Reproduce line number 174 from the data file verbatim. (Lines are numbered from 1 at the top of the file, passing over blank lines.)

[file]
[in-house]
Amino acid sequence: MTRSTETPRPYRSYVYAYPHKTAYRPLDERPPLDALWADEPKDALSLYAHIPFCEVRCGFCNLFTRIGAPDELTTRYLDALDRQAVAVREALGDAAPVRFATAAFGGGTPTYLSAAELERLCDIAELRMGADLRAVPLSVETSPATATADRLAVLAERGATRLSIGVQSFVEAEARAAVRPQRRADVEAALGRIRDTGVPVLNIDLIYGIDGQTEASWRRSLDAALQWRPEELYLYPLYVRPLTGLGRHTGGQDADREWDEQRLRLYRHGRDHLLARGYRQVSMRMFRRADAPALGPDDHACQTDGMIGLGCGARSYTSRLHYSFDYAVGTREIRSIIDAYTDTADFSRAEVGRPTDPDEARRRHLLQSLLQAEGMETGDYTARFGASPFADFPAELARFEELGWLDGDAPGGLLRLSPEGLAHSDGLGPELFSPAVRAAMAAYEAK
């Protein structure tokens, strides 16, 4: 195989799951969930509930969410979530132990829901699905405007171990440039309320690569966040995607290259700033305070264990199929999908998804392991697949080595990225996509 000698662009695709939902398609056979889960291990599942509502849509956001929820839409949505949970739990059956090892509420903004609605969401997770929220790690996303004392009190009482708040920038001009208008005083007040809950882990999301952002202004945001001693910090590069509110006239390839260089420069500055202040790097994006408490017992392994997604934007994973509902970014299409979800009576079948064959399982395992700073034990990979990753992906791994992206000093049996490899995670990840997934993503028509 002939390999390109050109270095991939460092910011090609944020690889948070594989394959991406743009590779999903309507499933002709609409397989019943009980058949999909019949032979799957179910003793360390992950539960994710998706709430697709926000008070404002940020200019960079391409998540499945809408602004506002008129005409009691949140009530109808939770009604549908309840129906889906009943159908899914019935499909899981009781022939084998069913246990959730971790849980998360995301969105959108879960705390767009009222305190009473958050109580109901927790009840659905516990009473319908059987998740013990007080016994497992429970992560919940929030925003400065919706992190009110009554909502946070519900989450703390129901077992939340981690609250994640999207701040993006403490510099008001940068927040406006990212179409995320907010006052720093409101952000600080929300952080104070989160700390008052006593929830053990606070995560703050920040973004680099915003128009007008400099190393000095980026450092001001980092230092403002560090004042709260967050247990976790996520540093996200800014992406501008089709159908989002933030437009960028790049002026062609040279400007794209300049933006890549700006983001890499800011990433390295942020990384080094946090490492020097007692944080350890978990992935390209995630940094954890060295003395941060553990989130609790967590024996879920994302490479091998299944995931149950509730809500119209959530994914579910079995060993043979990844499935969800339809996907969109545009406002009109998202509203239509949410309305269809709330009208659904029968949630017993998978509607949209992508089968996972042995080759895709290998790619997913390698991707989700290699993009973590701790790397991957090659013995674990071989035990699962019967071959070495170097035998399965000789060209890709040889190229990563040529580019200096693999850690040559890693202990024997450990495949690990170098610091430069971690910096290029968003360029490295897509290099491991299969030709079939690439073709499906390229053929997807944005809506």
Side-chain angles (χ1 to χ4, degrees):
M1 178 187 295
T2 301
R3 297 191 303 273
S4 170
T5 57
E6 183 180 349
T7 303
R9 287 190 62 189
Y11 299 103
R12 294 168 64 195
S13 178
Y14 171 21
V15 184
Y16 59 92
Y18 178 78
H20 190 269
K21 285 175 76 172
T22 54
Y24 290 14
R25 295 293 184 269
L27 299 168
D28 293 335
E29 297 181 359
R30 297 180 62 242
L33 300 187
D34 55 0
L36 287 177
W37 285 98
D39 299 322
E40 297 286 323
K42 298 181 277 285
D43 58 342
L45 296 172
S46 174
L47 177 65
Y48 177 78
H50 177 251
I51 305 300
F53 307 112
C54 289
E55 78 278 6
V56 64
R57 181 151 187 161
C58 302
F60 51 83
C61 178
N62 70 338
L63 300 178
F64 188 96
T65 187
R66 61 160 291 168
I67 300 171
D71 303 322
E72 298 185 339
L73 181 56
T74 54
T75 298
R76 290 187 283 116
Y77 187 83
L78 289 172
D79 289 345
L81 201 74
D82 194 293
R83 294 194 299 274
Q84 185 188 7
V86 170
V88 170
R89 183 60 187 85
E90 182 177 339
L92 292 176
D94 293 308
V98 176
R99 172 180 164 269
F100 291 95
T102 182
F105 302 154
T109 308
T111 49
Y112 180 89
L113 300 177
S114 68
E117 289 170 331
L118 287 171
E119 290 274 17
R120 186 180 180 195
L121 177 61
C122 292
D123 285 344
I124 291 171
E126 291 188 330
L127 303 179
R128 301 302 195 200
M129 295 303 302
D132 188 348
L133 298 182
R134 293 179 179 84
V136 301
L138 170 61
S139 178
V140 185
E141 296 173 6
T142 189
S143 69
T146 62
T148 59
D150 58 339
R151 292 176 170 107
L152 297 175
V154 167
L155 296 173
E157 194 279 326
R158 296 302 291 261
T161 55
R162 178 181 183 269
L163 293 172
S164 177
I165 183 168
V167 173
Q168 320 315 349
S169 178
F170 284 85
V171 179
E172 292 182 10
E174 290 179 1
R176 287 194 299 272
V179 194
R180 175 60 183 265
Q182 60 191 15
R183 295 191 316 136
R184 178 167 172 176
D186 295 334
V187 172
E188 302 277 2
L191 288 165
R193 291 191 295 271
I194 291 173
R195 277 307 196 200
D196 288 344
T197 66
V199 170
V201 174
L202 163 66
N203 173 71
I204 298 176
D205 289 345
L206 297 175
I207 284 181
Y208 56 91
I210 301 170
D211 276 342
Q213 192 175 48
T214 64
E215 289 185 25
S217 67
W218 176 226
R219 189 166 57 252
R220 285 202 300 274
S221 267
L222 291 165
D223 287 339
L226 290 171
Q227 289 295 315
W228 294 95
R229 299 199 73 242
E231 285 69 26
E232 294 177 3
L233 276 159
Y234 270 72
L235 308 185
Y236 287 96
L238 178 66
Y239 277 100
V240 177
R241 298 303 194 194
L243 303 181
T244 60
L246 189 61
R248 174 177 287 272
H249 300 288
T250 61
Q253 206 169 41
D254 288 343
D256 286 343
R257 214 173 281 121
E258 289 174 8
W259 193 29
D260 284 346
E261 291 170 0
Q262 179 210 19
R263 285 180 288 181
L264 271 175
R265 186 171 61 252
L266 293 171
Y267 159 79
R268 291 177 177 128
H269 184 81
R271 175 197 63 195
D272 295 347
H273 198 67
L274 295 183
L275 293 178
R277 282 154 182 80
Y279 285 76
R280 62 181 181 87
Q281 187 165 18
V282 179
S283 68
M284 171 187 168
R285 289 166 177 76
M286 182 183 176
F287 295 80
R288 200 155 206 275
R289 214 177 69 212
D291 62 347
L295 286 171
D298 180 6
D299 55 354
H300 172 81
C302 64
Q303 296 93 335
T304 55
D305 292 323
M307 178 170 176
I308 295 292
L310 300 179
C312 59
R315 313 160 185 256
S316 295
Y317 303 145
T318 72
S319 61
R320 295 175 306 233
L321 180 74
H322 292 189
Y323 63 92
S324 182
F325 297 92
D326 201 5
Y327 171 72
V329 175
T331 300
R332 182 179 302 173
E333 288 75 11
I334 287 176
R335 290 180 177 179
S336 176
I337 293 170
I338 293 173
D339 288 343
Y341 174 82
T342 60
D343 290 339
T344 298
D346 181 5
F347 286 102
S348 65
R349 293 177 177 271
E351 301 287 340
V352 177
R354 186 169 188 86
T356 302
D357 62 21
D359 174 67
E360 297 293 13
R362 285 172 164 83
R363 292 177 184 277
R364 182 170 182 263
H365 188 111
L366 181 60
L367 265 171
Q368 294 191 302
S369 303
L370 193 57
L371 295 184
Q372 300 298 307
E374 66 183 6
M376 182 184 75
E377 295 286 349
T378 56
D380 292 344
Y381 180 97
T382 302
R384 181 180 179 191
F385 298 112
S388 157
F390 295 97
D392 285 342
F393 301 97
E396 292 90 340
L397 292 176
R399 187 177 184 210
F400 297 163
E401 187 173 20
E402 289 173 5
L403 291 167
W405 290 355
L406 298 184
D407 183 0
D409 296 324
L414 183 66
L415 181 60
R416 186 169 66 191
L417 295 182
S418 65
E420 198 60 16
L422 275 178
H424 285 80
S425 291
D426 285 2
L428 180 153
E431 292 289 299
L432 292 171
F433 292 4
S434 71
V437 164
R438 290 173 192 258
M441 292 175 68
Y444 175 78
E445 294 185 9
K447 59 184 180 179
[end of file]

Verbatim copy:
Y236 287 96